One of the arguments that I have made for a long time regarding music and its effect on people and its place in worship is that all music has an effect on the human body regardless of the words that are put to it. Now, I’m not discounting the power of the words put to song– they can work together for a great good. What I am saying is that people know what they are doing with different types of sounds, and we would be foolish to think that professionals don’t know what they are talking about.
And what modes of music are most used to drive home a message of sex and immorality– those that carry a strong beat. I could probably go so far as to say that a strong backbeat is incredibly linked to sexually explicit lyrics to the point that if you could even make the argument that this sound is neutral it is directly associated with sexual lyrics through the predominance of “songs” out there that carry that particular message.
This music appeals to the flesh because teens like to hear it– they like the beat, they like the rhythm and they like their music loud. Unfortunately, if they are listening to secular music the chances are they are being fed a steady diet of sex, a diet that is affecting how they relate to the opposite sex and promiscuity:
Natasha Ramsey, a 17-year-old from New Brunswick, N.J., said she and other teens sometimes listen to sexually explicit songs because they like the beat.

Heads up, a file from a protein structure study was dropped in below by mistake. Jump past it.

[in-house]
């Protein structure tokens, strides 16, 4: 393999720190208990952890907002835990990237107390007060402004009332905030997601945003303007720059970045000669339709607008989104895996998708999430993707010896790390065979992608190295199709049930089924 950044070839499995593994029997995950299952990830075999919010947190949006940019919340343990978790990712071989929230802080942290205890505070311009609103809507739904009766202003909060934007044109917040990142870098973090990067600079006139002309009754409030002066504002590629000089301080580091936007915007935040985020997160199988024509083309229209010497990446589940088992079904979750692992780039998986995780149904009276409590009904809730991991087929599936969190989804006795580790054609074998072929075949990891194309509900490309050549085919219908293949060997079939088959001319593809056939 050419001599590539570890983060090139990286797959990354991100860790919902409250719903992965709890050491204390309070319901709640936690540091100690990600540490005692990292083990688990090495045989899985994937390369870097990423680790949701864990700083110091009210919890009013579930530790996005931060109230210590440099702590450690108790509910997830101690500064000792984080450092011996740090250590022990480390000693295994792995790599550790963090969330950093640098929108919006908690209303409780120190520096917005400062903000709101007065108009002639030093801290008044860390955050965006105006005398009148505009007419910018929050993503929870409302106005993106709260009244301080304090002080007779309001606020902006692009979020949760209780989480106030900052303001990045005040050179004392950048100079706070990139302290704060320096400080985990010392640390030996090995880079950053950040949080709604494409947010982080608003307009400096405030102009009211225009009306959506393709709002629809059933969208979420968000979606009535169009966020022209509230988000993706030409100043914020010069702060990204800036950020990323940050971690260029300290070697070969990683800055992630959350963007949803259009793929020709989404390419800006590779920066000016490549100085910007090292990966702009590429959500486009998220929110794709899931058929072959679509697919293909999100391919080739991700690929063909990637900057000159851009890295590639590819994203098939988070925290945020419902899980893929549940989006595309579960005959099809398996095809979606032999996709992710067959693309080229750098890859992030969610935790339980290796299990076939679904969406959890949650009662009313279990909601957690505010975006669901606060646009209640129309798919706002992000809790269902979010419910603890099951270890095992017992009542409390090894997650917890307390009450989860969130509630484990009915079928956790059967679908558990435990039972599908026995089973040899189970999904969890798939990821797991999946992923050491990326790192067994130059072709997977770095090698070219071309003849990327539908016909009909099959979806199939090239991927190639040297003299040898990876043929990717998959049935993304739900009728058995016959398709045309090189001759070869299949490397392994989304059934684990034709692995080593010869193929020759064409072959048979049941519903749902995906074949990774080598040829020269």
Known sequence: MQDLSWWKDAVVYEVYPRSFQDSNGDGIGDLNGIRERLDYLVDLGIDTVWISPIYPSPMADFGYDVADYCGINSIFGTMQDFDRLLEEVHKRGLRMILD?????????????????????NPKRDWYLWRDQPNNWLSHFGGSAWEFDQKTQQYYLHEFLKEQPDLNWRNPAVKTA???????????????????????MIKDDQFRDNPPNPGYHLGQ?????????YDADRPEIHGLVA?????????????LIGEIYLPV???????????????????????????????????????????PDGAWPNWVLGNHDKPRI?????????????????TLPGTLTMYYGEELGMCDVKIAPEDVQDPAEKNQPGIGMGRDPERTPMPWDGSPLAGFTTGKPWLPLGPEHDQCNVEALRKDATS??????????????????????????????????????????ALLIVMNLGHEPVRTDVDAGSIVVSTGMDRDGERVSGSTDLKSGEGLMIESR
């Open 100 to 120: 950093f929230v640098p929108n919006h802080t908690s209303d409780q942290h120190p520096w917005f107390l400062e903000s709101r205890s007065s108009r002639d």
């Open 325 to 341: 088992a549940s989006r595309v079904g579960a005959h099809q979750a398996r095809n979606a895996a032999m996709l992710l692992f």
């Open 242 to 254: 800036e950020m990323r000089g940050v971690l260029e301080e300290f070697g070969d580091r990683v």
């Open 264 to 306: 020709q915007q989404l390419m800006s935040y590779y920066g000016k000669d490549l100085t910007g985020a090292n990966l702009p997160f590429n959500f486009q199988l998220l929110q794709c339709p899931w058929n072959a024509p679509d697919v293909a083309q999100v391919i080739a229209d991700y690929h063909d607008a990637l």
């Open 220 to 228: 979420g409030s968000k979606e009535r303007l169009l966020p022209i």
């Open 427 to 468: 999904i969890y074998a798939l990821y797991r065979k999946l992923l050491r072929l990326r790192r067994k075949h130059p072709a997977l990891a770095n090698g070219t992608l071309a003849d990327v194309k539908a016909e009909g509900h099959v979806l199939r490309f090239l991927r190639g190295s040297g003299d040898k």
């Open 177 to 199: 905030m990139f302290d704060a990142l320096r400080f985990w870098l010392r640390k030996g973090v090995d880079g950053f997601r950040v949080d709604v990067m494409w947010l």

“I won’t really realize that the person is talking about having sex or raping a girl,” she said. Even so, the message “is being beaten into the teens’ heads,” she said. “We don’t even really realize how much.”
“A lot of teens think that’s the way they’re supposed to be, they think that’s the cool thing to do. Because it’s so common, it’s accepted,” said Ramsey, a teen editor for Sexetc.org, a teen sexual health Web site produced at Rutgers University.
“Teens will try to deny it, they’ll say ‘No, it’s not the music,’ but it IS the music. That has one of the biggest impacts on our lives,” Ramsey said.
The advice at the end of this article is good, but I would go stronger. The point we agree on is that parents have to be involved with what their child is listening to. But since I do not believe that music is value-neutral, I will not be letting my children “sample pop music” and decide what they like since I believe that God calls us to a higher standard.